Tag Archives: Neuroscience

Science for the People: High Price [Rerun]

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This week, Science for the People is revisiting our look at the science and policy of treating drug addiction. We were joined by psychology professor and researcher Carl Hart to talk about his book “High Price: A Neuroscientist’s Journey of Self-Discovery That Challenges Everything You Know About Drugs and Society.” We also spoke to Donald MacPherson, Director of the Canadian Drug Policy Coalition, about harm reduction strategies to reduce the negative consequences of drug use.

*Josh provides research help to Science for the People and is, therefore, a completely biased and cooperative member of the team.

Art of Science: Jessica Lloyd-Jones Sculpts the Body Electric

Jessica Lloyd-Jones, Optic Nerve  2008 - 2010.              Blown glass, xenon

Jessica Lloyd-Jones, Optic Nerve 2008 – 2010.
Blown glass, xenon

Welsh artist Jessica Lloyd-Jones describes her work as merging art, science and technology. All three are certainly present in her sculpture series Anatomical Neon, which she made from 2008-2010. Lloyd-Jones describes the works on her website:

“Blown glass human organs encapsulate inert gases displaying different colors under the influence of an electric current. The human anatomy is a complex, biological system in which energy plays a vital role. Brain Wave conveys neurological processing activity as a kinetic and sensory, physical phenomena through its display of moving electric plasma. Optic Nerve shows a similar effect, more akin to the blood vessels of the eye and with a front ‘lens’ magnifying the movement and the intensity of light. Heart is a representation of the human heart illuminated by still red neon gas. Electric Lungs is a more technically intricate structure with xenon gas spreading through its passage ways, communicating our human unawareness of the trace gases we inhale in our breathable atmosphere.”

Although these pieces are beautiful in photographs, they are much more amazing in motion, so I urge you to visit Lloyd-Jones’ website and see her short videos of the pieces as the chemical light flickers through the organs. (I mean, seriously, check out the Optic Nerve). These pieces give gorgeous, graphic life to the chemical impulses shooting through our bodies and powering our minds.

Science for the People: Understanding Neuroscience

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Blue Pyramidal Neuron - original watercolor painting on clayboard by Michele Banks (All Rights Reserved - Used with Permission)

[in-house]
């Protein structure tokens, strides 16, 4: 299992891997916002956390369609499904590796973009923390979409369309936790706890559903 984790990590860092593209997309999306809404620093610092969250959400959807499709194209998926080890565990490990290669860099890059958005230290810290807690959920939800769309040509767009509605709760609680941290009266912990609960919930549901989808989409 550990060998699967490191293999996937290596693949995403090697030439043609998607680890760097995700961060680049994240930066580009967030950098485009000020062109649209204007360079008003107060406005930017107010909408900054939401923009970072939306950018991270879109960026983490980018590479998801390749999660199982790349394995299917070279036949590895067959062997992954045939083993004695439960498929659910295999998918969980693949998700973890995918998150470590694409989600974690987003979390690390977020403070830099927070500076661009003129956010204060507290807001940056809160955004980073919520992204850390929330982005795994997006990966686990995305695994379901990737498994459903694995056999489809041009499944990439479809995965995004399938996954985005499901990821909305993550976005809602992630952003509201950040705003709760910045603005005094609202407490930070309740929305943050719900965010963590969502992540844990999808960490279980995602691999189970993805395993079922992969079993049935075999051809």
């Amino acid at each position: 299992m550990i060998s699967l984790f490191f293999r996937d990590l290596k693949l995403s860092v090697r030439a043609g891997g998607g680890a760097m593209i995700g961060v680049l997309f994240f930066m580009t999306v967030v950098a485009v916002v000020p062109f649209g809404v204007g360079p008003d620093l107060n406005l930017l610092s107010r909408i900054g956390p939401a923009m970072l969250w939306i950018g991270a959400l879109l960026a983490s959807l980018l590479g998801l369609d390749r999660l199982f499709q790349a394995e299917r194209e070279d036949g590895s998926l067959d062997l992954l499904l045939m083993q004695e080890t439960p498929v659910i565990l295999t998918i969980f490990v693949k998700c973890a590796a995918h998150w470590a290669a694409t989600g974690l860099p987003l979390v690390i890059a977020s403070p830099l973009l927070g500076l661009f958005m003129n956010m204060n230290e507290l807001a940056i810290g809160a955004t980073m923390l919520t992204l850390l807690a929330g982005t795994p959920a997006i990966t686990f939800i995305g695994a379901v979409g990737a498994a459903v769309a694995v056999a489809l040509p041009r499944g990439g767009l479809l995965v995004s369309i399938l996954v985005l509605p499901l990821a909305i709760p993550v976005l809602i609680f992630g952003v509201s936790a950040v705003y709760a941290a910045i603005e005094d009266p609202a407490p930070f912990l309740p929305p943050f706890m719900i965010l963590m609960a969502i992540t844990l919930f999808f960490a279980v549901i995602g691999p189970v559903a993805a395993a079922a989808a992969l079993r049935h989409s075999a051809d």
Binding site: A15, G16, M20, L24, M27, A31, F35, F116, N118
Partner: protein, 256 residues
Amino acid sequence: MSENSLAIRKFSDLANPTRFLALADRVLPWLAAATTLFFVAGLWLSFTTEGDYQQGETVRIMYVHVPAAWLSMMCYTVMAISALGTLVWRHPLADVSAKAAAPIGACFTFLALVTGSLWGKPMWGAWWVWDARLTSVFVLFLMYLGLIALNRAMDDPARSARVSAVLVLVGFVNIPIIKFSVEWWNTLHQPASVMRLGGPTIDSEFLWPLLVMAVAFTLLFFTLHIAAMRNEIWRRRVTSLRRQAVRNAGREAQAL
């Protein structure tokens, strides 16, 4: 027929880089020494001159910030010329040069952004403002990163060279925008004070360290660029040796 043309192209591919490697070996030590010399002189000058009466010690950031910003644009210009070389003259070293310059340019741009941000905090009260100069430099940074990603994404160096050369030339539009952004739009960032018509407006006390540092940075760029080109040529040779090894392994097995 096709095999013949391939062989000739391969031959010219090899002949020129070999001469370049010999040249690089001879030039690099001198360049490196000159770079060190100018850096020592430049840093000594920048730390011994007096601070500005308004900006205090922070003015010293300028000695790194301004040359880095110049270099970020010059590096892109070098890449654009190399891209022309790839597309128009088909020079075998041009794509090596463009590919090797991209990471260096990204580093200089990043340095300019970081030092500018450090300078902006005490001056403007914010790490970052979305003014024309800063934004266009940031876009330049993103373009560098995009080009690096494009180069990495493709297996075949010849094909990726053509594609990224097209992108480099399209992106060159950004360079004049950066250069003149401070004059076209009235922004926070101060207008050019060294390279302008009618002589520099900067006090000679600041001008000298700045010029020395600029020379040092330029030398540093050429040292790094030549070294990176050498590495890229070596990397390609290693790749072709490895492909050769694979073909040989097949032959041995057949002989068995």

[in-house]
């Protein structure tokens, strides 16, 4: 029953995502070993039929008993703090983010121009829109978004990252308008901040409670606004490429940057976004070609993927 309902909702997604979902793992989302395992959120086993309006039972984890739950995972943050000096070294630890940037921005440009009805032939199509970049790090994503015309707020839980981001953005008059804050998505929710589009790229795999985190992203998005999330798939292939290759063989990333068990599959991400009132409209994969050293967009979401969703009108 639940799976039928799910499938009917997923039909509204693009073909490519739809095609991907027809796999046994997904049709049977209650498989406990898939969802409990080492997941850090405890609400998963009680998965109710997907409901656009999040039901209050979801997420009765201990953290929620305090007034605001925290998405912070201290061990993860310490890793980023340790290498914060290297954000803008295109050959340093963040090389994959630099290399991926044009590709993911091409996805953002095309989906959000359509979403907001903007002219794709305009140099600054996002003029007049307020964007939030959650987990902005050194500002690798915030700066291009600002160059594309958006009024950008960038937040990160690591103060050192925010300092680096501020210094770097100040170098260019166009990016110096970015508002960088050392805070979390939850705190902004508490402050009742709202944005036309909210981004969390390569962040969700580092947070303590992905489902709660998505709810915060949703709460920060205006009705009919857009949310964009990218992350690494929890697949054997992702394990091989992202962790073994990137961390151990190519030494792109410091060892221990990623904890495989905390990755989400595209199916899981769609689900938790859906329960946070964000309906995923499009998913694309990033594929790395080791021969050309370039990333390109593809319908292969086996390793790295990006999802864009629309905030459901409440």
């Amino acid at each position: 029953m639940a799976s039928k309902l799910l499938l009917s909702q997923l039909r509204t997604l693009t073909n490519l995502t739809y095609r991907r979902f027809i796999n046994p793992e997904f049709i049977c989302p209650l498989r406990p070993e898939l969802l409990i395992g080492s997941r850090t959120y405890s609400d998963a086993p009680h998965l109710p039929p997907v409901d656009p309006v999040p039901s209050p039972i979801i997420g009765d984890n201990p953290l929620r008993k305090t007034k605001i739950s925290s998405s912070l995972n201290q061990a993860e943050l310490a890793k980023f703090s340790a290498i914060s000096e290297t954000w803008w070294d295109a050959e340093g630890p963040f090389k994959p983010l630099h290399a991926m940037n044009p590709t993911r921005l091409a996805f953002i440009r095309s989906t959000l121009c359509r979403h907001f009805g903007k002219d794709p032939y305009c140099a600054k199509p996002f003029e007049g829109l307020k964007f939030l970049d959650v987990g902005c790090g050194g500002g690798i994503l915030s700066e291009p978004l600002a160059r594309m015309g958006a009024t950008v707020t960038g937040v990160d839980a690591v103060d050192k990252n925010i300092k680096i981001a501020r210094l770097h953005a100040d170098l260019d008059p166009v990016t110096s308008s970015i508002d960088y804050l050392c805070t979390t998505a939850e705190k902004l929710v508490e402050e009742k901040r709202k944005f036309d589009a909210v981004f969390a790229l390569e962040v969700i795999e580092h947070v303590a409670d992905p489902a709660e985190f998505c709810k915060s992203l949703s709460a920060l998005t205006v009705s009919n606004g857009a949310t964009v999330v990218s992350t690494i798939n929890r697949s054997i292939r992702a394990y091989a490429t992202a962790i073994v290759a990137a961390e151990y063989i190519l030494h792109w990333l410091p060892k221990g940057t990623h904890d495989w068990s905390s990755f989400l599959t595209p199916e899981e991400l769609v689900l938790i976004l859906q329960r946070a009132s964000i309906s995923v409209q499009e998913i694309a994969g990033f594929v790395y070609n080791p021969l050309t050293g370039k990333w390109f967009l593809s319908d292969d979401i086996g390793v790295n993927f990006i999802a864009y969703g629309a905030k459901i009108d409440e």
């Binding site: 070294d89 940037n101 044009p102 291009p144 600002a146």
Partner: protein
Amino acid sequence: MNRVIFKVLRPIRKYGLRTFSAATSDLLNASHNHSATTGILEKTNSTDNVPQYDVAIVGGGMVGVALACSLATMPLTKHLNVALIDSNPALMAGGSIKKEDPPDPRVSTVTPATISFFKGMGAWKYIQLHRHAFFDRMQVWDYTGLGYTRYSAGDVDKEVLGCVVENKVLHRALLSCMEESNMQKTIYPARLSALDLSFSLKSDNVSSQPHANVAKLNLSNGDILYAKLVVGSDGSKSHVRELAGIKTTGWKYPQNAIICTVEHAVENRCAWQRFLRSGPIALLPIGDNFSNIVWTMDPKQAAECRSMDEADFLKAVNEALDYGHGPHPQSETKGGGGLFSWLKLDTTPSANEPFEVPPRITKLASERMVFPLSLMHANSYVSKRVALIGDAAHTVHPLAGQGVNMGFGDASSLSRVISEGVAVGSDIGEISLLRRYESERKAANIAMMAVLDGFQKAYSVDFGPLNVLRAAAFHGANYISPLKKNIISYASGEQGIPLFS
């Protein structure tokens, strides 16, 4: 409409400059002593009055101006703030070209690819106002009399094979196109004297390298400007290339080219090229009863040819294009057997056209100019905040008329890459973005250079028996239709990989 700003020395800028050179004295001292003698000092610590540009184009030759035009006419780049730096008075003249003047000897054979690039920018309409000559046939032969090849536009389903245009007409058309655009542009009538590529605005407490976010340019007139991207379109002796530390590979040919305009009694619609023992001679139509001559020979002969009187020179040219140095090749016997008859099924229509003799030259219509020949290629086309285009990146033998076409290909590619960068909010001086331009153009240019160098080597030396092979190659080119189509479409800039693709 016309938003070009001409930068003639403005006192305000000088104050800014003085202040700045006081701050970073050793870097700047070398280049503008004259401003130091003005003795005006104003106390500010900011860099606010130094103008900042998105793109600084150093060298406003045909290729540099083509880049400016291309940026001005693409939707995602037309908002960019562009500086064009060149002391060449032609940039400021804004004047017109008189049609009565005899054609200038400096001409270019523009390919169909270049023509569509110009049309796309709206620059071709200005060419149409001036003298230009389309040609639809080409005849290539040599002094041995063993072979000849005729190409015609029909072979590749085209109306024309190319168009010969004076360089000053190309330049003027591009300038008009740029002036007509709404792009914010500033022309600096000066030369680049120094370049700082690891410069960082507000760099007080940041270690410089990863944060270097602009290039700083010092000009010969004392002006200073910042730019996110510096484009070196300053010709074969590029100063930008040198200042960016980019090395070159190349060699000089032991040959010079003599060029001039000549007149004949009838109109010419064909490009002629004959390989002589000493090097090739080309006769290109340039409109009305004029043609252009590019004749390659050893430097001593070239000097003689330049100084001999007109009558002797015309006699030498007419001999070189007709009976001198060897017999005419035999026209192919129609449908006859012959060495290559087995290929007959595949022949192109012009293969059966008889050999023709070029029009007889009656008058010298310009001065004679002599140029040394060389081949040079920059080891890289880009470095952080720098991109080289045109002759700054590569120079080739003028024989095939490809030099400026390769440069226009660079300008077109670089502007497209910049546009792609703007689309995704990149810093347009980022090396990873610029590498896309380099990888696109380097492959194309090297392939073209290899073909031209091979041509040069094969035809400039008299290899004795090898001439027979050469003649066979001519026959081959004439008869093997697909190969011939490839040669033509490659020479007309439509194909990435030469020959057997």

Blue Pyramidal Neuron – original watercolor painting on clayboard by Michele Banks (All Rights Reserved – Used with Permission)

This week, Science for the People is we’re looking at the ways we try to understand the inner workings of the brain. They talk to University College London researcher Cliodhna O’Connor about patterns in the way the public interprets neuroscience news. And they’ll ask Duncan Astle, Program Leader at the MRC Cognition and Brain Sciences Unit, about “neuromyths,” popular misconceptions about the way the brain functions.

*Josh provides research help to Science for the People and is, therefore, completely biased.

Science for the People: High Price

sftp

This week, Science for the People is looking at the science and policy of treating drug addiction. They’re joined by psychology professor and researcher Carl Hart to talk about his book “High Price: A Neuroscientist’s Journey of Self-Discovery That Challenges Everything You Know About Drugs and Society.” And they’ll speak to Donald MacPherson, Director of the Canadian Drug Policy Coalition, about harm reduction strategies to reduce the negative consequences of drug use.

*Josh provides research help to Science for the People and is, therefore, a completely biased and cooperative member of the team.

Narcolepsy update!

Last year, I wrote a post about the potential link between autoimmune dysfunction and narcolepsy. Today, a major study published in Science Translational Medicine linking narcolepsy and autoimmunity targeted at hypocretin expressing neurons has been retracted. Ed Yong wrote about the original study when it was released and posted this update on his blog at National Geographic.

Sometimes, even things in big journals (especially big journals?) turn out to be not quite true.